Last month, British swimmer Anna Wardley attempted to swim from the island of Menorca to Mallorca, the first part of her challenge to swim from the Balearic Islands to mainland Spain. The swim ended badly with Anna having to be picked up by the coastguard and rushed to hospital. Fortunately, she has now recovered sufficiently to tell her story, so here it is in her own words.
Menorca to Mallorca swim ends in medevac as walls of jellyfish render me unconscious
The last two weeks have been tough coming to terms with not making it across the Menorca Channel but nowhere near as tough as the early hours of Thursday 19 May when my team had to pull me out of the water 11 hours and 19 minutes into my swim from Menorca to Mallorca due to severe jellyfish stings all over my body. I’d been swimming through wall after wall of jellyfish from around midnight, covering me in painful stings akin to powerful electric shocks or having hydrochloric acid thrown all over my body, until the decision was made to get me out of the water at 0345 CEST (0245GMT).
I was in excruciating pain and my body temperature had plummeted as I’d lost the use of my right arm and was unable to make any significant progress. It was one of those moments in life when the head has to rule the heart, and with my condition deteriorating it was clear I needed urgent medical assistance.
I’d started to shake violently all over to the extent that I couldn’t take a high-energy drink passed to me in a net. I have a long-standing pact with my experienced team that they will never get me out unless it is life-threatening, and as a result I would never question their decision and we had reached that point. Sometimes in life stubbornness is an asset whereas at other times it can expose the person who possesses it to grave danger, and on this occasion my decision to keep swimming for so many hours through the jellyfish pushed my body to the point that it began to shut down.
I cannot imagine the hell my support team also went through during those long hours through the night as they had to watch on helplessly as I screamed in pain as the jellyfish were thrown against me by the cross waves in the darkness. I had no means of seeing them coming or avoiding them with my skin totally exposed in just my swimsuit.
Under the strict rules I swim my team are not allowed to make any contact with me, and I’m not allowed to touch anyone or anything so all they could do was watch on as I was stung repeatedly with stings on top of stings. At one stage I asked Corinne, my Swim Co-ordinator, if I could swim a reciprocal 180 degree course until daybreak to give the one side of my body that was taking the onslaught a break until we had first light.
I also made the decision not to assess the stings by torchlight as I knew that it would not be a pretty sight and I preferred not to have the mental image in my mind as for me the only option was to keep going until I got to Mallorca. The only way I get to the end of swims like this is to take the option of getting out off the menu – if it were an option it would be impossible to keep going, so even though my body was screaming out in pain and I was trapped in what felt like the most horrific situation I could ever conceive, I was determined to keep going. Or as Freda Streeter, a legendary trainer of Channel swimmers, puts it: “Keep swimming until your tits hit the sand.”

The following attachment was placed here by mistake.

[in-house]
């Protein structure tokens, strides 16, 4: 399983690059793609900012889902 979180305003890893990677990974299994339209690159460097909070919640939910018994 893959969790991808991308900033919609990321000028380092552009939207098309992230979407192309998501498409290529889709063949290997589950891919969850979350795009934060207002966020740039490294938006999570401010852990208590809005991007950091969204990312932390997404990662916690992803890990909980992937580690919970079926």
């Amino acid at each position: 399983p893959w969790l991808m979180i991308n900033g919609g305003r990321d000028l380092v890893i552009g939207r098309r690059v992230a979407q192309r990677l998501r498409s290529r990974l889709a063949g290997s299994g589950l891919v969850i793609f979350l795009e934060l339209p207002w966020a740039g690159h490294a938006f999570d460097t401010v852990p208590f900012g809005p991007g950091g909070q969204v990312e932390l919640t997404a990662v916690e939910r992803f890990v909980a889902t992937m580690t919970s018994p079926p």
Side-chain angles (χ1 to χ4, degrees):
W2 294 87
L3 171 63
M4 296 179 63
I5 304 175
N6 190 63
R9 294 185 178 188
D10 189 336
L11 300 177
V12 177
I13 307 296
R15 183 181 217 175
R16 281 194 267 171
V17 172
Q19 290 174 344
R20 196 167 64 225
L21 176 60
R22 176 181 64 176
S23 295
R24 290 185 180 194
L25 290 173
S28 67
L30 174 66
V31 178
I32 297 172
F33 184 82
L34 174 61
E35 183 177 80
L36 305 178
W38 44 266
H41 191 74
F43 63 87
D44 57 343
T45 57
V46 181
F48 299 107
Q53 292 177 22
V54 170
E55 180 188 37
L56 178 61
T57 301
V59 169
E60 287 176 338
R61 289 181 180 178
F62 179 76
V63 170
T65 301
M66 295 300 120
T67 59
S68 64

Once the decision was made to abort the attempt I was passed a float to hold onto until our medic was transferred to our main mother boat. The moment I took hold of it I knew it was over and I felt the crushing pain that comes when months of training and sacrifice end in mid-channel in the middle of the night. It’s a pain that far outweighs any of the pain that the jellyfish could inflict. It’s impossible to describe but it still makes tears pour down my face now even writing about it. I wanted to carry on, but my body had the final call and my team made the call that I would never question given the pact we have and I knew I was well beyond the limit.
People have asked how I can swim through jellyfish in the dark for hours on end. They’ve told me they could never do it. I tell them that maybe they could if they wanted to get to the other side enough. I wanted to get to the other side more than anyone can imagine, as it had been a massive struggle to even get to the start and I’d made massive personal sacrifices to get there. I probably swam on through the jellyfish for far longer than I should but when my determination kicks in it is a powerful beast. But it reached the point where there was no choice but to take me out and get me to hospital.